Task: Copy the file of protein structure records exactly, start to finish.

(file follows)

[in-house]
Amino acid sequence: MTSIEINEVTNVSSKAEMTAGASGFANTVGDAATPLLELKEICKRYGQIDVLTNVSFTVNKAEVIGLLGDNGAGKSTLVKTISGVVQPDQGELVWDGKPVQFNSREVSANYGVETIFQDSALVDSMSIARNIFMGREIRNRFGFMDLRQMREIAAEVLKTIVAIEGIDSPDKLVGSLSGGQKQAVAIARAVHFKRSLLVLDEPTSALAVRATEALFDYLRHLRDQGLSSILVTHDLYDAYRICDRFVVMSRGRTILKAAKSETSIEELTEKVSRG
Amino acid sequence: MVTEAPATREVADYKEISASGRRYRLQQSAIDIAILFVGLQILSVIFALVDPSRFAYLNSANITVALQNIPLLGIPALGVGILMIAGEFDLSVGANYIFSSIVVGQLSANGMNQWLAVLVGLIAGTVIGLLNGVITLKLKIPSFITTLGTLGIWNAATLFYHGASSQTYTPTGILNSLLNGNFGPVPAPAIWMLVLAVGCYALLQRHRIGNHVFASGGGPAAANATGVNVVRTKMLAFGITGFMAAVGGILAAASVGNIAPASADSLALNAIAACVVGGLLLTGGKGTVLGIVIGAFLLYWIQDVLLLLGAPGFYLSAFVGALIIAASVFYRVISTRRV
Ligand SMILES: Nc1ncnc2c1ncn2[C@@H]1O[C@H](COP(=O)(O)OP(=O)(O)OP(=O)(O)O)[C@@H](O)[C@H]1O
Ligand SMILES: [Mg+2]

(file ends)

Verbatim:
[in-house]
Amino acid sequence: MTSIEINEVTNVSSKAEMTAGASGFANTVGDAATPLLELKEICKRYGQIDVLTNVSFTVNKAEVIGLLGDNGAGKSTLVKTISGVVQPDQGELVWDGKPVQFNSREVSANYGVETIFQDSALVDSMSIARNIFMGREIRNRFGFMDLRQMREIAAEVLKTIVAIEGIDSPDKLVGSLSGGQKQAVAIARAVHFKRSLLVLDEPTSALAVRATEALFDYLRHLRDQGLSSILVTHDLYDAYRICDRFVVMSRGRTILKAAKSETSIEELTEKVSRG
Amino acid sequence: MVTEAPATREVADYKEISASGRRYRLQQSAIDIAILFVGLQILSVIFALVDPSRFAYLNSANITVALQNIPLLGIPALGVGILMIAGEFDLSVGANYIFSSIVVGQLSANGMNQWLAVLVGLIAGTVIGLLNGVITLKLKIPSFITTLGTLGIWNAATLFYHGASSQTYTPTGILNSLLNGNFGPVPAPAIWMLVLAVGCYALLQRHRIGNHVFASGGGPAAANATGVNVVRTKMLAFGITGFMAAVGGILAAASVGNIAPASADSLALNAIAACVVGGLLLTGGKGTVLGIVIGAFLLYWIQDVLLLLGAPGFYLSAFVGALIIAASVFYRVISTRRV
Ligand SMILES: Nc1ncnc2c1ncn2[C@@H]1O[C@H](COP(=O)(O)OP(=O)(O)OP(=O)(O)O)[C@@H](O)[C@H]1O
Ligand SMILES: [Mg+2]